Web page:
Jeremiah Theys, PE
Great West Engineering, Inc.
Bitterroot Irrigation District
Mary E. Baker-Youderian
Teton Cooperative Reservoir Co.
MADCS Board of Directors
Morrison Maierle Inc.
Ruby River WUA
Deadmans Basin WUA
Willow Creek WIJA
Pondera Canal & Reservoir
P. O. BOX 400
Stanford, MT 59479
MADCS Advertising Rates
Gold Member: $400 Business card on website and 1/2 page ad in the newsletter
Silver Member: $300 Business card on website and 1/4 page ad in newsletter
Bronze Member: $100 Business card ad in newsletter
If you would like to advertise on this website or
in the newsletter, email ad to firstname.lastname@example.org
MADCS Advertising Instructions
Who We Are And What We Do
The owners and operators of Montana Dams and Canals face similar concerns:
Aging of infrastructure: The majority of dams and canals in Montana were built between 1900 and 1960. Many components of these dams are at the end of their design life and need rehabilitation. For example, dams built prior to 1970 commonly use corrugated metal pipe as outlet material. Corrugated metal is subject to corrosion, and rarely lasts more than 50 years. Replacement of outlet components is usually very expensive, often costing in excess of 1 Million dollars. It is difficult for many dam owners and operators to fund high cost dam repairs.
- Age related problems
- Downstream development
- Recreational users
- High costs of rehabilitation
- Liability and Insurance
Public benefits of dams: Dams have tremendous public benefits in addition to providing irrigation and drinking water. Many reservoirs are used for fishing, boating, and flood control. Montana dam owners are very sensitive to the needs of recreational users and operation their reservoir for multiple uses. However, the dam owners and operators bear much of the cost of operating, maintaining and rehabilitating the dams.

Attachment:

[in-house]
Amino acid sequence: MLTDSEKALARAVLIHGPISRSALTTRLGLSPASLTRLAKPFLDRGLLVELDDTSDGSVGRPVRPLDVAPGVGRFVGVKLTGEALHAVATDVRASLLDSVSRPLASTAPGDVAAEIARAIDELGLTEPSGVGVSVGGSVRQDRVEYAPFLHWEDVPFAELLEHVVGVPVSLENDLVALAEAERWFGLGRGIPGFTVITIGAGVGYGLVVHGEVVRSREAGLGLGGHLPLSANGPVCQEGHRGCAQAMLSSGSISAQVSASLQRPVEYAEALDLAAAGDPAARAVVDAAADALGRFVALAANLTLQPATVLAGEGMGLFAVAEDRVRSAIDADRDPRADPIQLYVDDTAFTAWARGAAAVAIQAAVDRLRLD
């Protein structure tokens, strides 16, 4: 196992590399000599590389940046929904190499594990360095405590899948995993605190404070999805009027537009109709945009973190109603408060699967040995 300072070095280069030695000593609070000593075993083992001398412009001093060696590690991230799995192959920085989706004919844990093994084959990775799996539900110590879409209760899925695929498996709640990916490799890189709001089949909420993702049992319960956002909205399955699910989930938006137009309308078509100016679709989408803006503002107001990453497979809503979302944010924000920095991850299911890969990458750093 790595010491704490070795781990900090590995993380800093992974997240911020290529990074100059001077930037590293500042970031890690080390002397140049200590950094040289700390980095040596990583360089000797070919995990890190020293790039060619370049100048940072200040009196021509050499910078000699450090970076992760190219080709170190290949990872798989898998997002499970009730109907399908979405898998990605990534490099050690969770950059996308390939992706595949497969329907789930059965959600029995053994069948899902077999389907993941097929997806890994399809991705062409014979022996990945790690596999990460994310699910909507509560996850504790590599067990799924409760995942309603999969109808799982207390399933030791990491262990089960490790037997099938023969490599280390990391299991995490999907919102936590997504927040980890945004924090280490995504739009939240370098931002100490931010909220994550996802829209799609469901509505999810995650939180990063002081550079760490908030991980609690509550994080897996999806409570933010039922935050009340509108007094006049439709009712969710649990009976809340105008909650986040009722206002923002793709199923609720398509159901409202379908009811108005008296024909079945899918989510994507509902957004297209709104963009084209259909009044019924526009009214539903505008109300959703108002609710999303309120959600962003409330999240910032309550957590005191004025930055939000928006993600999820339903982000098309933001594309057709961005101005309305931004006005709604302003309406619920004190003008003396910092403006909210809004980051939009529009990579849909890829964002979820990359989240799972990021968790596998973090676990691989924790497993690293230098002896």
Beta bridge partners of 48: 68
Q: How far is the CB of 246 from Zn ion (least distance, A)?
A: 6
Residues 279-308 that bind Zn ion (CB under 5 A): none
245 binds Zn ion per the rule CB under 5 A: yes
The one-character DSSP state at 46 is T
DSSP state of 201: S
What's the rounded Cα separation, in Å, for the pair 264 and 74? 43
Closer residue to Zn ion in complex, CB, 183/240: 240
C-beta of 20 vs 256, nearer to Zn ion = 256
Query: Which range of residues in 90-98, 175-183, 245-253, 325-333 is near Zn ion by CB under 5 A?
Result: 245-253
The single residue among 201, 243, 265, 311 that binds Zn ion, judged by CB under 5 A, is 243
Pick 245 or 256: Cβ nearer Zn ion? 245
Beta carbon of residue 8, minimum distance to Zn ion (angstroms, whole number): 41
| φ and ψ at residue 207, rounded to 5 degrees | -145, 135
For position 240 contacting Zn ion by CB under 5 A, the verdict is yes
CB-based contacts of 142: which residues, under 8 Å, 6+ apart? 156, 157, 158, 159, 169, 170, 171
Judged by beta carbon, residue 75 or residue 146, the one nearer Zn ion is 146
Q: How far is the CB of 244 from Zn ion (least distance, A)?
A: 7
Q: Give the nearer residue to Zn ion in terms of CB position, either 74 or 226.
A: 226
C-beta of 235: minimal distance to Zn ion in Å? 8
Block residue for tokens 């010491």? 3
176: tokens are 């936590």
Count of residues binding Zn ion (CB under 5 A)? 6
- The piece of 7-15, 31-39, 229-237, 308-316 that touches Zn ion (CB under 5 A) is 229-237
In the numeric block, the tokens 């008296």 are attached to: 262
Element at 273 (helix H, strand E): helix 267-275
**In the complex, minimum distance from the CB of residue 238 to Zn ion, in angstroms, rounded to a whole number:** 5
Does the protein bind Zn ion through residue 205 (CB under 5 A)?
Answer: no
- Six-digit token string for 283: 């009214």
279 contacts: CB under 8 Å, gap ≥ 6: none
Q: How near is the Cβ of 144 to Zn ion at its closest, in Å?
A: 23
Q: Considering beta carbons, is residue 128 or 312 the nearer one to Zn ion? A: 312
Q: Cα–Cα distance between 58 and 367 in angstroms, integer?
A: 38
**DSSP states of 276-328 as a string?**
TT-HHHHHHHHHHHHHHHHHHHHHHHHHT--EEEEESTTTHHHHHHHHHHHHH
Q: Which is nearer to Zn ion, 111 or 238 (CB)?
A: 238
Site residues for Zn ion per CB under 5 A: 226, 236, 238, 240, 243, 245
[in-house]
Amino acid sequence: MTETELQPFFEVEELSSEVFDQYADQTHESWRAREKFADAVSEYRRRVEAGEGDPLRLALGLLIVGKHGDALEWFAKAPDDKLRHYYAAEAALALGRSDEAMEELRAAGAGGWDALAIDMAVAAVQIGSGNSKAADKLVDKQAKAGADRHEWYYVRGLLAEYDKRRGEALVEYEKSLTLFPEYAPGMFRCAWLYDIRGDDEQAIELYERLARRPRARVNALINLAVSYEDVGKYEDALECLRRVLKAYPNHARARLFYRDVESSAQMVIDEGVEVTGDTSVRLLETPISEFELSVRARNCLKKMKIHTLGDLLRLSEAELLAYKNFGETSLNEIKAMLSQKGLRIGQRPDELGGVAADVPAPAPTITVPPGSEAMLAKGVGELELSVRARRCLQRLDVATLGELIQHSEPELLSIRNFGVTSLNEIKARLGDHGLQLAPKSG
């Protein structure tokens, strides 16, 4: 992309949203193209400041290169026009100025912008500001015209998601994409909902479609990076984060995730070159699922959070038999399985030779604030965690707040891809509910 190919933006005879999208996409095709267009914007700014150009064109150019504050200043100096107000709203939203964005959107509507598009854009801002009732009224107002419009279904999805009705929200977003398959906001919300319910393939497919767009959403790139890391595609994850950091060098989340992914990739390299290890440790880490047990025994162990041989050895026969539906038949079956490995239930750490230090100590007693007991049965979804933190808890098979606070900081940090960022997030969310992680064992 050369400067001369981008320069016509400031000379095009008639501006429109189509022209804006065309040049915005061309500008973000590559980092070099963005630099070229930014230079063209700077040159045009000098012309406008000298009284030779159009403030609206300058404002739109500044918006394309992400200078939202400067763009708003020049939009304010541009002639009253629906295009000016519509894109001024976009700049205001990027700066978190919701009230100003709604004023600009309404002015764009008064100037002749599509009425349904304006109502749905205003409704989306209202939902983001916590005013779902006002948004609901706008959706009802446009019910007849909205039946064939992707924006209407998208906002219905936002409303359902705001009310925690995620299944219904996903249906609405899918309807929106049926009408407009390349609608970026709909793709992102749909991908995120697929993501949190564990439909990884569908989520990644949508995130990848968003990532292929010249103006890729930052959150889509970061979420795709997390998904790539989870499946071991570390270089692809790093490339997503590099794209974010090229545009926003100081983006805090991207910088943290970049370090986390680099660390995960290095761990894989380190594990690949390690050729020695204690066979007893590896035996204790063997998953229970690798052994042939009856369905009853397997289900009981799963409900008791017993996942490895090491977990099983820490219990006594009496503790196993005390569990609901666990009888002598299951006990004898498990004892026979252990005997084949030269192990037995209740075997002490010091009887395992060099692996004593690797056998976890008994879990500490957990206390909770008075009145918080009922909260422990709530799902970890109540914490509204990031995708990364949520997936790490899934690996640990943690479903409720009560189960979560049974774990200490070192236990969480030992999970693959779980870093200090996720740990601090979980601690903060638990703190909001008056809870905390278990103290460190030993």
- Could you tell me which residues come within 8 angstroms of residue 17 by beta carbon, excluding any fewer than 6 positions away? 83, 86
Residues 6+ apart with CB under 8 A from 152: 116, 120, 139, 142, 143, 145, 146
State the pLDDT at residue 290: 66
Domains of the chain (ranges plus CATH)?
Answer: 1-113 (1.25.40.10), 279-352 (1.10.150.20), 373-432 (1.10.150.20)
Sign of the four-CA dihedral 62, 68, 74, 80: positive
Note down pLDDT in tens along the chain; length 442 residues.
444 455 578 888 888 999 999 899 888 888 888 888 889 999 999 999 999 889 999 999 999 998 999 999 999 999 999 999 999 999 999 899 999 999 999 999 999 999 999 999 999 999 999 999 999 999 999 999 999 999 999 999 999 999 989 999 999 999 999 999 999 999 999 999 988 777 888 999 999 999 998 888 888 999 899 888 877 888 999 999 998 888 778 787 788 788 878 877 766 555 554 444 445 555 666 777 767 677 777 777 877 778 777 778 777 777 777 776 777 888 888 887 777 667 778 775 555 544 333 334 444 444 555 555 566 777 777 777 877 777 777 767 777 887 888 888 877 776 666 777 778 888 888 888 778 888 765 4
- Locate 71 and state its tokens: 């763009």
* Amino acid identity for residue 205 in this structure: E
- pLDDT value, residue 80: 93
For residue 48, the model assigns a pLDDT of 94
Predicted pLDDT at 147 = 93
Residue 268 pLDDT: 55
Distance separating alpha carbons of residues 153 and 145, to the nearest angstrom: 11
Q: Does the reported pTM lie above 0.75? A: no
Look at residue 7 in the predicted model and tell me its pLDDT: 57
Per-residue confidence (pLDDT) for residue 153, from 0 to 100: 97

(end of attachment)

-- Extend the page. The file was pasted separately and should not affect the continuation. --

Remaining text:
Drought: Prolonged drought in the state of Montana has been especially difficult for Montana dam owners.
Downstream urbanization: Development downstream of dams has a direct impact on dam owners. As the population downstream of a dam increases, the dam owner has to deal with increased liability and stricter regulations. Coordination and communication between dam owners, county planners and developers is critical. Proper planning can help to minimize liability for the dam owner.
Coordination and communication between dam owners: Many dam and canal owners deal with similar issues. Rodent control, reservoir operation, canal lining, inspection techniques and response to emergencies are some of the many concerns facing dam owners. All dam owners have their share of success stories dealing with these issues. This association is a means of sharing information and experiences with one and other.
MADCS was organized to help dam and canal owners with these and other critical issues.
To share information between Montana dam and canal owners
MADCS Goals and Objectives
Meet Annually at Workshop to increase awareness of dam and canal safety, construction and technology
- Share experiences
- Be exposed to latest technology and materials
- Stories/experiences dam canal repair
- Operation and maintenance tips
- Upcoming deadlines for grants
- Should recreational users be sharing dam operating costs?
- Resolution of problems with forest service
Legislative interaction: Lobbying, support of issues, assistance to dam and canal owners for navigating the legislative process
Question and Answer Resource: To provide forum for dam and canal owners to share ideas and information
- To be an advocate for dam and canal owners in their interactions with the state and federal government
- To be a source for information and publications